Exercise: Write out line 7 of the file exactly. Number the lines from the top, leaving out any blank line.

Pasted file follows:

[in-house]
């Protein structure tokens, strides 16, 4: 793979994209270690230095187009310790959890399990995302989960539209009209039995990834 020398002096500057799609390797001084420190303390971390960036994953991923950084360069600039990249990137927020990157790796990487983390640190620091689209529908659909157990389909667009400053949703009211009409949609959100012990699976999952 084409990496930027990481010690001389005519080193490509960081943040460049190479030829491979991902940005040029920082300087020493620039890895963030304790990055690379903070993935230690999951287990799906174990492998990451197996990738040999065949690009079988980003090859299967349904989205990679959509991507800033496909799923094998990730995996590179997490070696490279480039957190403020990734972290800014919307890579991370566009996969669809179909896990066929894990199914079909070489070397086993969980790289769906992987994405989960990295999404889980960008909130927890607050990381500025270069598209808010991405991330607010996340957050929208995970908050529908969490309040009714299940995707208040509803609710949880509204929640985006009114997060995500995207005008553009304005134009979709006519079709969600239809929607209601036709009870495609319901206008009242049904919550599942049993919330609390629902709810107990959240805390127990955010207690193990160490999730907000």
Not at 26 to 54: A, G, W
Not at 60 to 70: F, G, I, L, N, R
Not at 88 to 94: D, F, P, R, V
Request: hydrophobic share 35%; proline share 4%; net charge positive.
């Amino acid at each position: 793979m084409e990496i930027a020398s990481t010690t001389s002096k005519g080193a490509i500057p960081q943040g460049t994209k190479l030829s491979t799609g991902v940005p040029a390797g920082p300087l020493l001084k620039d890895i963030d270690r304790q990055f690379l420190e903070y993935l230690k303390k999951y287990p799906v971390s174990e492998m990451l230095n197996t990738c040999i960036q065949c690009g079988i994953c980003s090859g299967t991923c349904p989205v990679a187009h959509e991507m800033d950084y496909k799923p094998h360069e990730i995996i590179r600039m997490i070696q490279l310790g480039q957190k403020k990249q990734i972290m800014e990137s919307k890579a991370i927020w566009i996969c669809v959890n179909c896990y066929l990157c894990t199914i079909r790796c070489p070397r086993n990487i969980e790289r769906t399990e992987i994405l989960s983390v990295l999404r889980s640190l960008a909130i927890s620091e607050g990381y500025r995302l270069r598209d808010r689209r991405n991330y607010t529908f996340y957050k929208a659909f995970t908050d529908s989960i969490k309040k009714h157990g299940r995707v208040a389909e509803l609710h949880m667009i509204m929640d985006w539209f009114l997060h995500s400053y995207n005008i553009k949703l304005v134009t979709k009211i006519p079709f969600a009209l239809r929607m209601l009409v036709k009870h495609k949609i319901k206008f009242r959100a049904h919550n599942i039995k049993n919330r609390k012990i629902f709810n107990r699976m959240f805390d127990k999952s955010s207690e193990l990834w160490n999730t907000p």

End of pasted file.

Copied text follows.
């Amino acid at each position: 793979m084409e990496i930027a020398s990481t010690t001389s002096k005519g080193a490509i500057p960081q943040g460049t994209k190479l030829s491979t799609g991902v940005p040029a390797g920082p300087l020493l001084k620039d890895i963030d270690r304790q990055f690379l420190e903070y993935l230690k303390k999951y287990p799906v971390s174990e492998m990451l230095n197996t990738c040999i960036q065949c690009g079988i994953c980003s090859g299967t991923c349904p989205v990679a187009h959509e991507m800033d950084y496909k799923p094998h360069e990730i995996i590179r600039m997490i070696q490279l310790g480039q957190k403020k990249q990734i972290m800014e990137s919307k890579a991370i927020w566009i996969c669809v959890n179909c896990y066929l990157c894990t199914i079909r790796c070489p070397r086993n990487i969980e790289r769906t399990e992987i994405l989960s983390v990295l999404r889980s640190l960008a909130i927890s620091e607050g990381y500025r995302l270069r598209d808010r689209r991405n991330y607010t529908f996340y957050k929208a659909f995970t908050d529908s989960i969490k309040k009714h157990g299940r995707v208040a389909e509803l609710h949880m667009i509204m929640d985006w539209f009114l997060h995500s400053y995207n005008i553009k949703l304005v134009t979709k009211i006519p079709f969600a009209l239809r929607m209601l009409v036709k009870h495609k949609i319901k206008f009242r959100a049904h919550n599942i039995k049993n919330r609390k012990i629902f709810n107990r699976m959240f805390d127990k999952s955010s207690e193990l990834w160490n999730t907000p």